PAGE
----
Book Review: Puritanism and Natural Theology

Wallace Marshall, Puritanism and Natural Theology (Eugene, OR: Pickwick Publications, 2016), 144pp.
 
Wallace Marshall’s Puritanism and Natural Theology ably demonstrates that Puritanism in general not only theoretically developed but pastorally utilized a robust natural theology. More provocatively, he shows that they saw natural theology as foundational to supernatural theology with more kinship to medieval scholasticism than the Reformers allowed. Marshall challenges notions that the Puritans either had little time for natural theology or attributed to it a relatively minor role. He also contests the contemporary Reformed consensus that the Puritans saw the Scripture alone as the “principle for knowing theology” (principium cognoscendi theologiae). With a plethora of primary resources at hand, Marshall rightly argues that this consensus should be left behind. 
 
Marshall proceeds with the common understanding that natural theology refers to “all religious knowledge that is accessible through the use of reason independently of supernatural revelation.” Indeed, the Puritans believed that God clearly evidences himself to all mankind through the created order. However, Marshall further maintains that the Puritans used reason and theistic proofs to “demonstrate the existence and attributes of God” to both unbelievers and believers (chap. 1). Thus, Marshall deals extensively with Puritan apologetics showing that they employed natural theology as evidentialists.  
 
The “essential components” of this natural theology concerned arguments for “the existence of God, the human duty of loving and living for God, natural law, divine providence, and the immortality of the soul” (chap. 5). Regarding their defense of providence, Marhsall treats at length the Puritan use of natural theology to address theodicy for the vindication of  a sovereign yet good God in a world filled with evil and injustice (chap. 6). Richard Baxter, for example, extensively addressed theodicy through reason and, in the process, even made an appeal to a plurality of worlds populated by a myriad of unfallen righteous creatures. 
 
The Puritans believed that natural theology was useful for helping believers struggling with remaining unbelief (through practical and speculative atheism), engaging unbelievers, and confronting skeptics (chap. 2). Some denied (e.g. William Twisse) or limited (e.g. William Gurnall) the usefulness of rational evidences for Bible-informed Christians, but most affirmed their great value to combat remaining atheism and strengthen existing faith. The Puritans also believed that we should engage unbelievers with reason as a foundation to receiving special revelation (e.g. John Eliot’s ministry to New England Indians). Finally, natural theology confronted skeptics (e.g. seventeenth-century Deism and Atheism) with proofs for God’s existence and the divine nature of Scripture, though with limited success expected against such resistant minds.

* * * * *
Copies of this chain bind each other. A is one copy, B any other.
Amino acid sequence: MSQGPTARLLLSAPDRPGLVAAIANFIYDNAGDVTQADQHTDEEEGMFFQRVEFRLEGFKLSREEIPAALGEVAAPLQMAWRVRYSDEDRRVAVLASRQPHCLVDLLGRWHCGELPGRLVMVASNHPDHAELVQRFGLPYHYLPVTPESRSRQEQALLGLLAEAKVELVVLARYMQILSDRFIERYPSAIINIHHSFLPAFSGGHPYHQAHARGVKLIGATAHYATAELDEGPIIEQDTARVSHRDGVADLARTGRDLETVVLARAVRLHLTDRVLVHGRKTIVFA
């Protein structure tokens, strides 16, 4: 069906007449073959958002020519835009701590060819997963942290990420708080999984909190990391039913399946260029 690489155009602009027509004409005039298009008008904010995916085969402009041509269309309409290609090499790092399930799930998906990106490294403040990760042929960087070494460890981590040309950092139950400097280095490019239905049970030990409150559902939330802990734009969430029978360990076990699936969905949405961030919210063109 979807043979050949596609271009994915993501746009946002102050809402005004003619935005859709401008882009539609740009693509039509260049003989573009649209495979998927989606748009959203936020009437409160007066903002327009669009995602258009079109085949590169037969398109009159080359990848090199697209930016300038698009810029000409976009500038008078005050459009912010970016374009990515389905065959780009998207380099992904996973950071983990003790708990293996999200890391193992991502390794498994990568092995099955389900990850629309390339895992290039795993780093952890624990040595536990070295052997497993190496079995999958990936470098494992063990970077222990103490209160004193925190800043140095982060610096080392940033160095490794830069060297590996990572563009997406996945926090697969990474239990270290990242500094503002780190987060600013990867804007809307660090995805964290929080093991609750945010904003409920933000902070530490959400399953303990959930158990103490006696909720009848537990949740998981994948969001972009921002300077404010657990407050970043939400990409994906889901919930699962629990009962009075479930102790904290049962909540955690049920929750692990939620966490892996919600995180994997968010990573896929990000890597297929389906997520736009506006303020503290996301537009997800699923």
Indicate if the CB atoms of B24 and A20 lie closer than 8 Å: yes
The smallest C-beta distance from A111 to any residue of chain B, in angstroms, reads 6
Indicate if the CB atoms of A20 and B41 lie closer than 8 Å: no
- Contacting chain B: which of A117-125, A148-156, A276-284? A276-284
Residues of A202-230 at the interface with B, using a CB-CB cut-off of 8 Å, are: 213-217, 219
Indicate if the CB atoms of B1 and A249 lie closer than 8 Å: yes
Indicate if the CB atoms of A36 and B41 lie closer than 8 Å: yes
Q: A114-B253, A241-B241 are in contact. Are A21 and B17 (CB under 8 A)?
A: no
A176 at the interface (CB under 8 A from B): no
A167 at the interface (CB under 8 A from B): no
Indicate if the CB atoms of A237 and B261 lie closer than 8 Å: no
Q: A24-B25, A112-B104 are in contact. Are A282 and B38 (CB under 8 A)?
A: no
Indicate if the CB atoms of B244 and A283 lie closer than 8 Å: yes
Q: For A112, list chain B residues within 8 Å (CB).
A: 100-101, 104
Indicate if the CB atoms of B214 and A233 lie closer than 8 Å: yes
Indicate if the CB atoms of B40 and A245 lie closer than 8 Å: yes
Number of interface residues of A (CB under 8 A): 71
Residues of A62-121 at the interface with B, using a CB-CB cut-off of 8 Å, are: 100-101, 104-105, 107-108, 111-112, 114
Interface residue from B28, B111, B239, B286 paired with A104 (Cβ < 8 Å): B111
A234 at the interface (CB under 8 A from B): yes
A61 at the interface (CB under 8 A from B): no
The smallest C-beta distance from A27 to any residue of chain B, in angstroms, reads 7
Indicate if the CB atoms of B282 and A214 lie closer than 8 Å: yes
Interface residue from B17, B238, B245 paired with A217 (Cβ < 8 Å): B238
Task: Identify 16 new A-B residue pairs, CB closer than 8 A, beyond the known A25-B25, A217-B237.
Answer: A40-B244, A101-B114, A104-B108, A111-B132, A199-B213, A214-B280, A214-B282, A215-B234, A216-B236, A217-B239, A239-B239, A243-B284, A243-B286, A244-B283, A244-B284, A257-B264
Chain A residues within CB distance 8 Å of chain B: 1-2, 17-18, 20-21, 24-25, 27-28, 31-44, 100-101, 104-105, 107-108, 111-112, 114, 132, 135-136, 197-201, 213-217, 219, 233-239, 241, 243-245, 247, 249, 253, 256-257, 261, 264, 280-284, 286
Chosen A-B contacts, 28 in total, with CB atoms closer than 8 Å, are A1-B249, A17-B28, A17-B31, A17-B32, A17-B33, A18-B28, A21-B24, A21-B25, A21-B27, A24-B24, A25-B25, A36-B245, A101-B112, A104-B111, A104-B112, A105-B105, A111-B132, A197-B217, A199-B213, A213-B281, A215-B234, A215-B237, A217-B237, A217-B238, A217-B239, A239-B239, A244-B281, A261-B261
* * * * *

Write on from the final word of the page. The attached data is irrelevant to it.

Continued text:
The Puritans were convinced that reason could be employed even though the fall diminished its intellectual power and inclined it to suppress truth (chap. 3). Still, while nothing in Christianity is “contrary” to reason, some mysteries are “above” it (vs. Socinianism) and God cannot be fully comprehended with it. Thus, the Spirit with the written Word overcomes and corrects limited reason to reveal otherwise unattainable truths. Here, Marshall could have done more to interact with the Puritan emphasis (in continuity with Calvin) on the noetic influence of sin and its corruption of reason and in connection with Puritan exegesis of key passages (e.g. Rom. 1:18-21, 8:7; 1 Cor. 2:14). 
 
With their embrace of the necessity of Scripture, the Puritans knew the limits of natural theology, which could not reveal truths such as the Trinity or that essential to the gospel (chap. 4). Most importantly, natural theology could not bring people to a saving relationship with Christ who alone can forgive convicted sinners. As John Owen noted, we can “know God by the light of nature” but “cannot come to God by that knowledge.” In this way, while natural revelation provided a way to truly know God, special revelation took priority over it.
 
Interestingly, a minority believed that natural revelation could even be sufficient for salvation (e.g. Richard Baxter). Indeed, the Westminster Confession (10.3) argued for the salvation of regenerated “elect infants dying in infancy” never hearing the gospel and other elect individuals “incapable” (mentally) of understanding it. Individuals such as Matthew Henry went the next step in consideration of those who never hear the gospel: “[W]e cannot say, it is impossible for any of them, though they live up ever so closely to the light they have, to be saved by Christ they never heard of.” Yes, you read that correctly. Some Puritans believed (contrary to the Westminster Confession) that the light of nature could be sufficient for salvation in Christ in certain circumstances.
 
In the light of his findings, Marshall rightly suggests that eighteenth-century Enlightenment rationalism had more continuity with the Puritan employment of reason than originally thought. Accordingly, John Locke’s (see Marshall’s helpful appendix on him) Reasonableness of Christianity (1695) also did not radically depart from what the Puritans considered a legitimate use of reason in relation to special revelation. Still, Marshall qualifies the Puritan approach with the clear assertion, “Although the Puritans were rational theologians, they were emphatically not rationalistic.”

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